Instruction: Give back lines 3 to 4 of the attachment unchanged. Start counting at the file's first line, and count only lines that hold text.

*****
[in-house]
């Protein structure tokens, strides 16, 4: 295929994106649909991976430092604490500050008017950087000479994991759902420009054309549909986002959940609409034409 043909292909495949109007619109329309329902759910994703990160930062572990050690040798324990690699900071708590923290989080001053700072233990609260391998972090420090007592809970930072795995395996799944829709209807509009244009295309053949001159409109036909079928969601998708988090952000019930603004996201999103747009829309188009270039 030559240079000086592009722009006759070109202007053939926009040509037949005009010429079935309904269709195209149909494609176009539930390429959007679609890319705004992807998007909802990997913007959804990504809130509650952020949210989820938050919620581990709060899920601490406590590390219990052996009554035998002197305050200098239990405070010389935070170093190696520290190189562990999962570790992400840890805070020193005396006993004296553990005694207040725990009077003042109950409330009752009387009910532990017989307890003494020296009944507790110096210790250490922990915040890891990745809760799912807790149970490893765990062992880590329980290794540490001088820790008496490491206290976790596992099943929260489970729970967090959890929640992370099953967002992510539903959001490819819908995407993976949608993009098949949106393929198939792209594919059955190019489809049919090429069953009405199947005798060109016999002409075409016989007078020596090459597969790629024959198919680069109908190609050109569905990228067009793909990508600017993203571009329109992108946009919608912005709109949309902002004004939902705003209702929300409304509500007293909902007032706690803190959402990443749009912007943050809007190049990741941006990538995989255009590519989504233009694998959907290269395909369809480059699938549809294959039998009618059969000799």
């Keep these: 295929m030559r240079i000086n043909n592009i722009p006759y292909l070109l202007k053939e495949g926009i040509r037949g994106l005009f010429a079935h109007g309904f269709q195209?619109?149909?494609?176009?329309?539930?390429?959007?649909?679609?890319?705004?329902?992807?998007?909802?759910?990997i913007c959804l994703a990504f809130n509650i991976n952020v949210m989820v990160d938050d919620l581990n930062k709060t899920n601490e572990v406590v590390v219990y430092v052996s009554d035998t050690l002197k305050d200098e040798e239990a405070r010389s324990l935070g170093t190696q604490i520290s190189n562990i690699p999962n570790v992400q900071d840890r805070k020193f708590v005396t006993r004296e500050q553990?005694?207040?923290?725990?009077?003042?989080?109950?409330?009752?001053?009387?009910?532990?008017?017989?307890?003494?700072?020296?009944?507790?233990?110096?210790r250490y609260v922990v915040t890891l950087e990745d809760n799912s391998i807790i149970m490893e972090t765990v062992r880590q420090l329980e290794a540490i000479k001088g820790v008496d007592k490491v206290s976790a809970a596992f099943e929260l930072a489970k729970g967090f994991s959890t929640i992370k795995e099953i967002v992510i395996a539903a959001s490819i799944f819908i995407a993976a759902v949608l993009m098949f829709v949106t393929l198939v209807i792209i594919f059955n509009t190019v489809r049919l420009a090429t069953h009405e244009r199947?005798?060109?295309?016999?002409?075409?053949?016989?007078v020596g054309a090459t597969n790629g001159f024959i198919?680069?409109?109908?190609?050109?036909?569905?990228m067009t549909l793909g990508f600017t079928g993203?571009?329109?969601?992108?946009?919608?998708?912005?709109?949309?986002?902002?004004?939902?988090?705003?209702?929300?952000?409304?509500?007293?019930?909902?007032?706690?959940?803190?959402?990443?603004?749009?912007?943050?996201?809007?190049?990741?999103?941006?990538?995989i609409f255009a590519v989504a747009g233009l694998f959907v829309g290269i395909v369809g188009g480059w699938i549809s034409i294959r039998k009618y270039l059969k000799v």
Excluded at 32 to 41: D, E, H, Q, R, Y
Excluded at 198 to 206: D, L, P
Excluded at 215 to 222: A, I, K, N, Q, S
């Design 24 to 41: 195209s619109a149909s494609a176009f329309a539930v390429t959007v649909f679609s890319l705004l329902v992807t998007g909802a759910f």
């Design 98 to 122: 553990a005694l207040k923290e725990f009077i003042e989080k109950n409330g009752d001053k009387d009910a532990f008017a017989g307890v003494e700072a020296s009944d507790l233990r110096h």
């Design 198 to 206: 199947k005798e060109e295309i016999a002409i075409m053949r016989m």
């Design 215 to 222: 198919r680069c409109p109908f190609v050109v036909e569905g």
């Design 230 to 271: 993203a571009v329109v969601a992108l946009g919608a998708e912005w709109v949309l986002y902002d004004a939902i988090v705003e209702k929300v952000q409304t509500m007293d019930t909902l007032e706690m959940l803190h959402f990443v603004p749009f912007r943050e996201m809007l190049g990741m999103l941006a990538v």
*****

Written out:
């Keep these: 295929m030559r240079i000086n043909n592009i722009p006759y292909l070109l202007k053939e495949g926009i040509r037949g994106l005009f010429a079935h109007g309904f269709q195209?619109?149909?494609?176009?329309?539930?390429?959007?649909?679609?890319?705004?329902?992807?998007?909802?759910?990997i913007c959804l994703a990504f809130n509650i991976n952020v949210m989820v990160d938050d919620l581990n930062k709060t899920n601490e572990v406590v590390v219990y430092v052996s009554d035998t050690l002197k305050d200098e040798e239990a405070r010389s324990l935070g170093t190696q604490i520290s190189n562990i690699p999962n570790v992400q900071d840890r805070k020193f708590v005396t006993r004296e500050q553990?005694?207040?923290?725990?009077?003042?989080?109950?409330?009752?001053?009387?009910?532990?008017?017989?307890?003494?700072?020296?009944?507790?233990?110096?210790r250490y609260v922990v915040t890891l950087e990745d809760n799912s391998i807790i149970m490893e972090t765990v062992r880590q420090l329980e290794a540490i000479k001088g820790v008496d007592k490491v206290s976790a809970a596992f099943e929260l930072a489970k729970g967090f994991s959890t929640i992370k795995e099953i967002v992510i395996a539903a959001s490819i799944f819908i995407a993976a759902v949608l993009m098949f829709v949106t393929l198939v209807i792209i594919f059955n509009t190019v489809r049919l420009a090429t069953h009405e244009r199947?005798?060109?295309?016999?002409?075409?053949?016989?007078v020596g054309a090459t597969n790629g001159f024959i198919?680069?409109?109908?190609?050109?036909?569905?990228m067009t549909l793909g990508f600017t079928g993203?571009?329109?969601?992108?946009?919608?998708?912005?709109?949309?986002?902002?004004?939902?988090?705003?209702?929300?952000?409304?509500?007293?019930?909902?007032?706690?959940?803190?959402?990443?603004?749009?912007?943050?996201?809007?190049?990741?999103?941006?990538?995989i609409f255009a590519v989504a747009g233009l694998f959907v829309g290269i395909v369809g188009g480059w699938i549809s034409i294959r039998k009618y270039l059969k000799v």
Excluded at 32 to 41: D, E, H, Q, R, Y